attempt made to obtain a general license or permission for the use
    of such proprietary rights by implementers or users of this
    specification can be obtained from the IETF on-line IPR repository
    at http://www.ietf.org/ipr.
 
    The IETF invites any interested party to bring to its attention any
    copyrights, patents or patent applications, or other proprietary
    rights that may cover technology that may be required to implement
    this standard.  Please address the information to the IETF at ietf-
    ipr@ietf.org.
 
 13. Copyright
 
    The following copyright notice is copied from [RFC3667], Section
    5.4. It describes the applicable copyright for this document.
 
    Copyright (C) The Internet Society (2004). This document is subject
    to the rights, licenses and restrictions contained in BCP 78, and
    except as set forth therein, the authors retain all their rights.
 
    This document and the information contained herein are provided on
    an "AS IS" basis and THE CONTRIBUTOR, THE ORGANIZATION HE/SHE
    REPRESENTS OR IS SPONSORED BY (IF ANY), THE INTERNET SOCIETY AND
    THE INTERNET ENGINEERING TASK FORCE DISCLAIM ALL WARRANTIES,
    EXPRESS OR IMPLIED, INCLUDING BUT NOT LIMITED TO ANY WARRANTY THAT
    THE USE OF THE INFORMATION HEREIN WILL NOT INFRINGE ANY RIGHTS OR
 
 
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           Analysis on IPv6 Transition in 3GPP Networks        May 2004
 
 
    ANY IMPLIED WARRANTIES OF MERCHANTABILITY OR FITNESS FOR A
    PARTICULAR PURPOSE.
 
 
 Appendix A - On the Use of Generic Translators in the 3GPP Networks
 
    This appendix lists mainly 3GPP-specific arguments about generic
    translators, even though the use of generic translators is
    discouraged.  The section may be removed in future versions of the
    memo.
 
    Due to the significant lack of IPv4 addresses in some domains, port
    multiplexing is likely to be a necessary feature for translators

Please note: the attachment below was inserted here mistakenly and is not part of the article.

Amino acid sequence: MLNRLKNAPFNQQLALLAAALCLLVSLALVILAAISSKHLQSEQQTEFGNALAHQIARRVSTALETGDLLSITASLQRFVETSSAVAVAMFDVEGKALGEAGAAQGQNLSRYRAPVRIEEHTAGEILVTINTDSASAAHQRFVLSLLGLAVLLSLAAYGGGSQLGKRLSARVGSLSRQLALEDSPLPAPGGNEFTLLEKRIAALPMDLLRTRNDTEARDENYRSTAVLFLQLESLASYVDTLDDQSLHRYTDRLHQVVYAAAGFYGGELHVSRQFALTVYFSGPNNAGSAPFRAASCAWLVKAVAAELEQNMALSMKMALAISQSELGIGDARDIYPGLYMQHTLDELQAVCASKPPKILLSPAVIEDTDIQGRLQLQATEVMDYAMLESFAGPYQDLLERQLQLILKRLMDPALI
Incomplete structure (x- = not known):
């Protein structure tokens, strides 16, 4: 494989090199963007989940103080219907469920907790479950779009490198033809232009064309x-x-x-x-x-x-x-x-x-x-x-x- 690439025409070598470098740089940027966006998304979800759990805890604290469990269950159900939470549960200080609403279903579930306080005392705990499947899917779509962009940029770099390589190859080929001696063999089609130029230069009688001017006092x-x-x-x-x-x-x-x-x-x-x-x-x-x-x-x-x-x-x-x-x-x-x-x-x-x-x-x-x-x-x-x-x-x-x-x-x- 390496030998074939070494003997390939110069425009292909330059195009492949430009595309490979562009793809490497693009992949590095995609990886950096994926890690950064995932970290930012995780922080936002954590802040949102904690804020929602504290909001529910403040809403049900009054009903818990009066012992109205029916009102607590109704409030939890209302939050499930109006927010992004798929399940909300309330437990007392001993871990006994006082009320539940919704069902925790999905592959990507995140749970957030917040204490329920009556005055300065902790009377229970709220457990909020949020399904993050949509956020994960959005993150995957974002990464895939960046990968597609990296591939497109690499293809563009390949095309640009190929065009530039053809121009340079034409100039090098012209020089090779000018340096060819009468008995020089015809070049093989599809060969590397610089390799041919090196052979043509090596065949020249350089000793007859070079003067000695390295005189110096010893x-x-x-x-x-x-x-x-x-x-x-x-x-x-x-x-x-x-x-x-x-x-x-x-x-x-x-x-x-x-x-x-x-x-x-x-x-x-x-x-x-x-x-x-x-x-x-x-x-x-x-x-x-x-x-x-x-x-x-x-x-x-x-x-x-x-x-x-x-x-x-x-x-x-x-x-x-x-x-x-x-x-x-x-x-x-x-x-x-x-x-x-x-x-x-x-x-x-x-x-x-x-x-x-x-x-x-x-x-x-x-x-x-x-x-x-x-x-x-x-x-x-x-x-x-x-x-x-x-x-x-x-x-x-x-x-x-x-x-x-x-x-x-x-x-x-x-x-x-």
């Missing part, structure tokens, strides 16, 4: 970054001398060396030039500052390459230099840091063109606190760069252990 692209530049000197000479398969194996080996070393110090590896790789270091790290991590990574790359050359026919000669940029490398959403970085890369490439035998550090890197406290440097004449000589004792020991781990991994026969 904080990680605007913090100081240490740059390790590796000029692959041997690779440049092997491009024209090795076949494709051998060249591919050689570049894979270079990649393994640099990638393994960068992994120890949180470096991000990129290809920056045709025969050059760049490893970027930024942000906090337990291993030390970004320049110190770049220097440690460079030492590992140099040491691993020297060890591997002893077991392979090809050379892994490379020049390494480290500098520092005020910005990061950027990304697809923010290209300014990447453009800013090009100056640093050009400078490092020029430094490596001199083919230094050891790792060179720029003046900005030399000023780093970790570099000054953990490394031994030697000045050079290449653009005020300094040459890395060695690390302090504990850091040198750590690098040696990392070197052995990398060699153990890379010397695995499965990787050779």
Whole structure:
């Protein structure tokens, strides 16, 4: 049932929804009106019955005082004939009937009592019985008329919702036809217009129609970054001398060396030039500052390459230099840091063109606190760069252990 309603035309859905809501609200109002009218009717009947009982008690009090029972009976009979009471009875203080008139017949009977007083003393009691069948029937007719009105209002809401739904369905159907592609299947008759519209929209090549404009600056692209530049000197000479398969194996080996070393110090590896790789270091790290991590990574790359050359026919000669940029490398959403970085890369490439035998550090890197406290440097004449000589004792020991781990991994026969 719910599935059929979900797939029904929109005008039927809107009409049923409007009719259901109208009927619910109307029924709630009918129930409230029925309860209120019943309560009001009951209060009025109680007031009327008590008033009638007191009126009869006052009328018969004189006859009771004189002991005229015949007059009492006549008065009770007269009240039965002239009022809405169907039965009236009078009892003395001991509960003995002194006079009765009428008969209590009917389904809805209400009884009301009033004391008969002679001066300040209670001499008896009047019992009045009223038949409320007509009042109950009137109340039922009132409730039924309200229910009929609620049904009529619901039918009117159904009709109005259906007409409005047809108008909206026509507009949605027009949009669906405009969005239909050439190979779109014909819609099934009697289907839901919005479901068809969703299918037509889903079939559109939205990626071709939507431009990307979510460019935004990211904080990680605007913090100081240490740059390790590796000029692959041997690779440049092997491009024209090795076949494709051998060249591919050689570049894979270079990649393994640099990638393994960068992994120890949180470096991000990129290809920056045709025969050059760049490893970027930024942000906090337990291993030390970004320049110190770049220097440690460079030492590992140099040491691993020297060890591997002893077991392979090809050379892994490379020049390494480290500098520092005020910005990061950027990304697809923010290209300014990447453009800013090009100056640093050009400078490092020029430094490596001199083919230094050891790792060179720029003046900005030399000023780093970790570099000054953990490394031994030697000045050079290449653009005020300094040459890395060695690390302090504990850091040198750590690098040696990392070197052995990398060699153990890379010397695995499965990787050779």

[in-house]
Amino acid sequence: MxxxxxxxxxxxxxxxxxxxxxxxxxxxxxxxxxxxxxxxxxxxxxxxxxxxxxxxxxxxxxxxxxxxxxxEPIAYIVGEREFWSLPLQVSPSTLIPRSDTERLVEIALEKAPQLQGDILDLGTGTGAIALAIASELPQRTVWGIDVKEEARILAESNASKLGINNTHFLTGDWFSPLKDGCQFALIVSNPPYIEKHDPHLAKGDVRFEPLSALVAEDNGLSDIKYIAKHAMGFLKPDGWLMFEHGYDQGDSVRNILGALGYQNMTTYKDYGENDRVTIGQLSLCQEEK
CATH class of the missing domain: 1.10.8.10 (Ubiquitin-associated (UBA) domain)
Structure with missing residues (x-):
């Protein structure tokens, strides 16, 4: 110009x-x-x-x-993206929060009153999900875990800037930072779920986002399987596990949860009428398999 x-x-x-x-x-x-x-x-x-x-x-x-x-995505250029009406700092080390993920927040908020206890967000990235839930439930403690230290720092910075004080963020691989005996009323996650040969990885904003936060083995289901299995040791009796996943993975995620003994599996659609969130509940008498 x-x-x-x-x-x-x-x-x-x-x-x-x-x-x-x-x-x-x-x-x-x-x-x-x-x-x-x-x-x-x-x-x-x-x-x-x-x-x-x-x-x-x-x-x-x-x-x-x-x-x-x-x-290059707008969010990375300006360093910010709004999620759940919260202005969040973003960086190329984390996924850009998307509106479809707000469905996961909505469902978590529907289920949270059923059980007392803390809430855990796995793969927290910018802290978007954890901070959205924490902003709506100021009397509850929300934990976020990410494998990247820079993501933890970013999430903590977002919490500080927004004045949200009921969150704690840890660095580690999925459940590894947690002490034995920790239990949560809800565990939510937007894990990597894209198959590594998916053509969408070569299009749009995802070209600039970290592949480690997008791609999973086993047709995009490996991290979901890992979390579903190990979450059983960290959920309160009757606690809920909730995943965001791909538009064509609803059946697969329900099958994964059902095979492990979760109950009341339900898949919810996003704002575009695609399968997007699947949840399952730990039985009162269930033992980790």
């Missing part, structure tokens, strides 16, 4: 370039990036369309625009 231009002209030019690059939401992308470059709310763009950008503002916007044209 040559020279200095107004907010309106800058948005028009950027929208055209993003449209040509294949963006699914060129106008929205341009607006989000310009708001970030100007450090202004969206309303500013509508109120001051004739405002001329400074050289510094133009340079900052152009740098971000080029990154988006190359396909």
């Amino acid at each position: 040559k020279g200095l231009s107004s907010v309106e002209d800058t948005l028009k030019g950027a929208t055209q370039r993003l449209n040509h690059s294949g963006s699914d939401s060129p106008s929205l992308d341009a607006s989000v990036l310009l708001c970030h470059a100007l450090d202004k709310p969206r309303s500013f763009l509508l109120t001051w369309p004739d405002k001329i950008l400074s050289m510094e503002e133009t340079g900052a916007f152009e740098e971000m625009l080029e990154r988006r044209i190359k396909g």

(i.e. NAPT-PT). If NAPT-PT is used, it needs to be placed on the
    GGSN external (Gi) interface, typically separate from the GGSN.
    NAPT-PT can be installed, for example, on the edge of the
    operator's network and the public Internet. NAPT-PT will intercept
    DNS requests and other applications that include IP addresses in
    their payloads, translate the IP header (and payload for some
    applications if necessary) and forward packets through its IPv4
    interface.
 
    NAPT-PT introduces limitations that are expected to be magnified
    within the 3GPP architecture. Some of these limitations are listed
    below (notice that most of them are also relevant for IPv4 NAT).
    [NATPTappl] discusses the applicability of NAT-PT in more detail.
 
       1. NAPT-PT is a single point of failure for all ongoing
         connections.
 
       2. There are additional forwarding delays due to further
         processing, when compared to normal IP forwarding.
 
       3. There are problems with source address selection due to the
         inclusion of a DNS ALG on the same node [NATPT-DNS].
 
       4. NAPT-PT does not work (without application level gateways) for
         applications that embed  IP addresses in their payload.
 
       5. NAPT-PT breaks DNSSEC.
 
       6. NAPT-PT does not scale very well in large networks.
 
    3GPP networks are expected to handle a very large number of
    subscribers on a single GGSN (default router). Each GGSN is
    expected to handle hundreds of thousands of connections.
    Furthermore, high reliability is expected for 3GPP networks.
    Consequently, a single point of failure on the GGSN external
    interface would raise concerns on the overall network reliability.
 
 
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           Analysis on IPv6 Transition in 3GPP Networks        May 2004
 
 
    In addition, IPv6 users are expected to use delay-sensitive
    applications provided by IMS. Hence, there is a need to minimize
    forwarding delays within the IP backbone. Furthermore, due to the
    unprecedented number of connections handled by the default routers
    (GGSN) in 3GPP networks, a network design that forces traffic to go
    through a single node at the edge of the network (typical NAPT-PT
    configuration) is not likely to scale. Translation mechanisms
    should allow for multiple translators, for load sharing and
    redundancy purposes.
 
    To minimize the problems associated with NAPT-PT, the following
    actions can be recommended:
 
      1. Separate the DNS ALG from the NAPT-PT node (in the "IPv6 to
         IPv4" case).
 
      2. Ensure (if possible) that NAPT-PT does not become a single
         point of failure.
 
      3. Allow for load sharing between different translators. That is,
         it should be possible for different connections to go through
         different translators. Note that load sharing alone does not
         prevent NAPT-PT from becoming a single point of failure.